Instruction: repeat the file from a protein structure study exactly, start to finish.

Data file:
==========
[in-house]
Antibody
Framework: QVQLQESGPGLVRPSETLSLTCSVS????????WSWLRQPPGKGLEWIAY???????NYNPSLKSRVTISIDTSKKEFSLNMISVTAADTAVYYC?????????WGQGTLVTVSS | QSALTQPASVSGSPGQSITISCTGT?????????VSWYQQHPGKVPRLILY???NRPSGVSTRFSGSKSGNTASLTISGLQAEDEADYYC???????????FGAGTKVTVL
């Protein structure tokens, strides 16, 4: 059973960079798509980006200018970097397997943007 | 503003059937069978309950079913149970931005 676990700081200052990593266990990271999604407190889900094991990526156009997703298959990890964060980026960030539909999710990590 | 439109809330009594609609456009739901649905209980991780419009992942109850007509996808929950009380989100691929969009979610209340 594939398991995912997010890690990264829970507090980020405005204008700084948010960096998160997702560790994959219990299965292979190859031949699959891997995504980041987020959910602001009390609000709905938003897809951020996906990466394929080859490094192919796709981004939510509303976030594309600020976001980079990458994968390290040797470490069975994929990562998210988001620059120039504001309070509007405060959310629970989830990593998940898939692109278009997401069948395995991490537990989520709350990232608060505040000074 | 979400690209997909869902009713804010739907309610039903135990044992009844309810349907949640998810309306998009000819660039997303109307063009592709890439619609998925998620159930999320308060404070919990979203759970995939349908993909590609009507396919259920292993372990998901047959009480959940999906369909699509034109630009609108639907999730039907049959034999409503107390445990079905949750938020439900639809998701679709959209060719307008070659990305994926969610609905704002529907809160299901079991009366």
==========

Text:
[in-house]
Antibody
Framework: QVQLQESGPGLVRPSETLSLTCSVS????????WSWLRQPPGKGLEWIAY???????NYNPSLKSRVTISIDTSKKEFSLNMISVTAADTAVYYC?????????WGQGTLVTVSS | QSALTQPASVSGSPGQSITISCTGT?????????VSWYQQHPGKVPRLILY???NRPSGVSTRFSGSKSGNTASLTISGLQAEDEADYYC???????????FGAGTKVTVL
């Protein structure tokens, strides 16, 4: 059973960079798509980006200018970097397997943007 | 503003059937069978309950079913149970931005 676990700081200052990593266990990271999604407190889900094991990526156009997703298959990890964060980026960030539909999710990590 | 439109809330009594609609456009739901649905209980991780419009992942109850007509996808929950009380989100691929969009979610209340 594939398991995912997010890690990264829970507090980020405005204008700084948010960096998160997702560790994959219990299965292979190859031949699959891997995504980041987020959910602001009390609000709905938003897809951020996906990466394929080859490094192919796709981004939510509303976030594309600020976001980079990458994968390290040797470490069975994929990562998210988001620059120039504001309070509007405060959310629970989830990593998940898939692109278009997401069948395995991490537990989520709350990232608060505040000074 | 979400690209997909869902009713804010739907309610039903135990044992009844309810349907949640998810309306998009000819660039997303109307063009592709890439619609998925998620159930999320308060404070919990979203759970995939349908993909590609009507396919259920292993372990998901047959009480959940999906369909699509034109630009609108639907999730039907049959034999409503107390445990079905949750938020439900639809998701679709959209060719307008070659990305994926969610609905704002529907809160299901079991009366």